People from all walks of life experience behavioral health disorders. But in some populations, these disorders are much more widespread. Even worse, finding help to treat a disorder is hard to come by.
For instance, African Americans are disproportionately more likely to experience mental health issues and social stigma than other Americans. According to SAMHSA’s 2018 National Survey on Drug Use and Health, 16% (4.8 million) of Black and African American people reported having a mental illness, and 22.4% of those (1.1 million people) reported a serious mental illness… but what about African Americans and eating disorders?
Barriers to Eating Disorder Treatment for African Americans
Just like mental health disorders, eating disorders do not discriminate based on race, color, gender or identity. Anyone can experience the challenges of an eating disorder. Here are some statistics surrounding eating disorders in African Americans:
Black teenagers are 50% more likely than white teenagers to exhibit bulimic behavior, such as binging and purging.
According to a nationwide survey from The National Survey of American Life (NSAL), prevalence rates found for bulimia in Black Americans is 1.5% for adults, which is slightly higher than the national average of 1.0%. The National Survey of American Life (NSAL) also found that binge eating disorder (BED) was the most prevalent eating disorder among Black people, with a lifetime prevalence of 1.7%, although 5.1% had some problems with binge eating whether or not they met criteria for a disorder.
Binge Eating Disorder (BED) and African American Women
While BED is the most prevalent eating disorder among African American women, most clinical research on binge eating and binge eating disorder has focused on White women, with Black individuals underrepresented. Black women have similar or higher rates of BED than White women, though little is known about the experience and treatment of binge eating and BED among Black women. Some studies have reported significant differences in the age of onset for binge eating in Black women compared with White women, with Black women experiencing symptoms later in life than white women.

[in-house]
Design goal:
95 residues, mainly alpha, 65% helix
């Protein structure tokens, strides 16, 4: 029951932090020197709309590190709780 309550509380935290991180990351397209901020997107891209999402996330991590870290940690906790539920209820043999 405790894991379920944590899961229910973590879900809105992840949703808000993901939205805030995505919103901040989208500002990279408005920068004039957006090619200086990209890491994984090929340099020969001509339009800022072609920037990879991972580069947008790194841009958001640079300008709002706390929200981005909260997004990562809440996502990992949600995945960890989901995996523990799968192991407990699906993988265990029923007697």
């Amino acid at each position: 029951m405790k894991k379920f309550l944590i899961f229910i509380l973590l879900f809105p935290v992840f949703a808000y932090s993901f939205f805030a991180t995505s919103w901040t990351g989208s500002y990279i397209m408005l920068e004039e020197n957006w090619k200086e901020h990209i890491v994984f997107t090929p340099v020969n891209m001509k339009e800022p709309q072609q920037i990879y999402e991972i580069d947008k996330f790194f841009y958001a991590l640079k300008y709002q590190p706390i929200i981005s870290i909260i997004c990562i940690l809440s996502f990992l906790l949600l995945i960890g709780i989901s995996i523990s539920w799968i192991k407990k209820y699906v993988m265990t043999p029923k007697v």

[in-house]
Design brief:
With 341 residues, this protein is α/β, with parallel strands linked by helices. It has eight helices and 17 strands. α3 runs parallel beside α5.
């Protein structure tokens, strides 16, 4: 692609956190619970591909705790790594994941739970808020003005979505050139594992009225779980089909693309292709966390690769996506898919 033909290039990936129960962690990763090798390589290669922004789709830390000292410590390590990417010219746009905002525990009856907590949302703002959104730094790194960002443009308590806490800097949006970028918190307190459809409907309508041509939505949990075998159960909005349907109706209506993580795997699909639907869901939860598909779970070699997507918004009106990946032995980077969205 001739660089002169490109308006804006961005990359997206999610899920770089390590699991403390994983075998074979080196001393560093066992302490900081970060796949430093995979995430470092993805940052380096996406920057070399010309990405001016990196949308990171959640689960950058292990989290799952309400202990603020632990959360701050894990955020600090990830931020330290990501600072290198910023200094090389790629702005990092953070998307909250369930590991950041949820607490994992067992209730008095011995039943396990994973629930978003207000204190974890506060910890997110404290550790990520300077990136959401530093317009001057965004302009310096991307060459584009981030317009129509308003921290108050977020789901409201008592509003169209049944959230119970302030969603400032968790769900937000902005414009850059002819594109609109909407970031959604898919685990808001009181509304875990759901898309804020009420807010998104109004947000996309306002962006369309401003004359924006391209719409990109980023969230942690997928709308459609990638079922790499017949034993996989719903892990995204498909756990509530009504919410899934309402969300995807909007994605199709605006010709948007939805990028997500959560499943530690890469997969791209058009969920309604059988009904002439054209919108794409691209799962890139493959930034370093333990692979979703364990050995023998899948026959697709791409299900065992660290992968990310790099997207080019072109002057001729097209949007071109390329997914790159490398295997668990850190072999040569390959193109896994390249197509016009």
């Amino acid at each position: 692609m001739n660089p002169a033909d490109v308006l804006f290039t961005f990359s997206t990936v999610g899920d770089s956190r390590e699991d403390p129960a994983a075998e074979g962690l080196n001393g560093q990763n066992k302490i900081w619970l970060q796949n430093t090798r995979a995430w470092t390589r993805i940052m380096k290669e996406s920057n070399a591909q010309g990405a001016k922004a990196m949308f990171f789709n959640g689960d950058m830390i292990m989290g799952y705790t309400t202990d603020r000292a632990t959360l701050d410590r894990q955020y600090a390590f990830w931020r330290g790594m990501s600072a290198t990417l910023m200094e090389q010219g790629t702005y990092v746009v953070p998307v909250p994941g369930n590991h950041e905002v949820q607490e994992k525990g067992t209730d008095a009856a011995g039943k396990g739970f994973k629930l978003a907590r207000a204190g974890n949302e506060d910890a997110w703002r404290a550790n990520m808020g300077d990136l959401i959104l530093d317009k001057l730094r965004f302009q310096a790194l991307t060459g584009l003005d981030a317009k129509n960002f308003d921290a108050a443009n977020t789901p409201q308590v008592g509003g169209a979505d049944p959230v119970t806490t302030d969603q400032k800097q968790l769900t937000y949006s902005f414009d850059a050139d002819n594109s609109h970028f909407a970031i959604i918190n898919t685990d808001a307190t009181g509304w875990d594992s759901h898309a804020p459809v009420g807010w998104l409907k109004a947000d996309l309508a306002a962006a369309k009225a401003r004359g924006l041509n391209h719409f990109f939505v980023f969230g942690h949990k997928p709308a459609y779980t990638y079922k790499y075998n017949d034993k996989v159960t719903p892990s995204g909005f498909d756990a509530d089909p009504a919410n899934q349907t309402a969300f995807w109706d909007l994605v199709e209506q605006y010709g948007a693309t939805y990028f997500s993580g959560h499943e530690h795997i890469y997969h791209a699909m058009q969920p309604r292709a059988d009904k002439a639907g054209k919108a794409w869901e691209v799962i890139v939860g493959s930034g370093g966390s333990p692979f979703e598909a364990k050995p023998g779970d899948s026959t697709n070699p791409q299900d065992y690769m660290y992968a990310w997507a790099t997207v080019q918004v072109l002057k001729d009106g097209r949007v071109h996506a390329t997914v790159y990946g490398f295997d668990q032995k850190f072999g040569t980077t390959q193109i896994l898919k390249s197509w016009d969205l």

Some other specific factors that are associated with binge eating among Black women include:
- Perceived discrimination
- Depression symptoms, such as sadness, frustration, loss of interest, insomnia, etc.
African Americans and/or Black individuals have some of the lowest rates of access to care because of racial disparities in treatment access. Early detection and intervention with this population might be a critical first step toward prevention and improvement of access to care for African Americans experiencing binge eating.
Breaking Down Barriers to Eating Disorder Treatment
Every month of the year we should be working to break down barriers to eliminate the stigma associated with mental health and eating disorders and create equal access to treatment. African Americans should have access to the care they need. At Center for Discovery, our programs for binge eating, anorexia, bulimia and other eating disorders can help. Contact us today to learn more about our levels of care.
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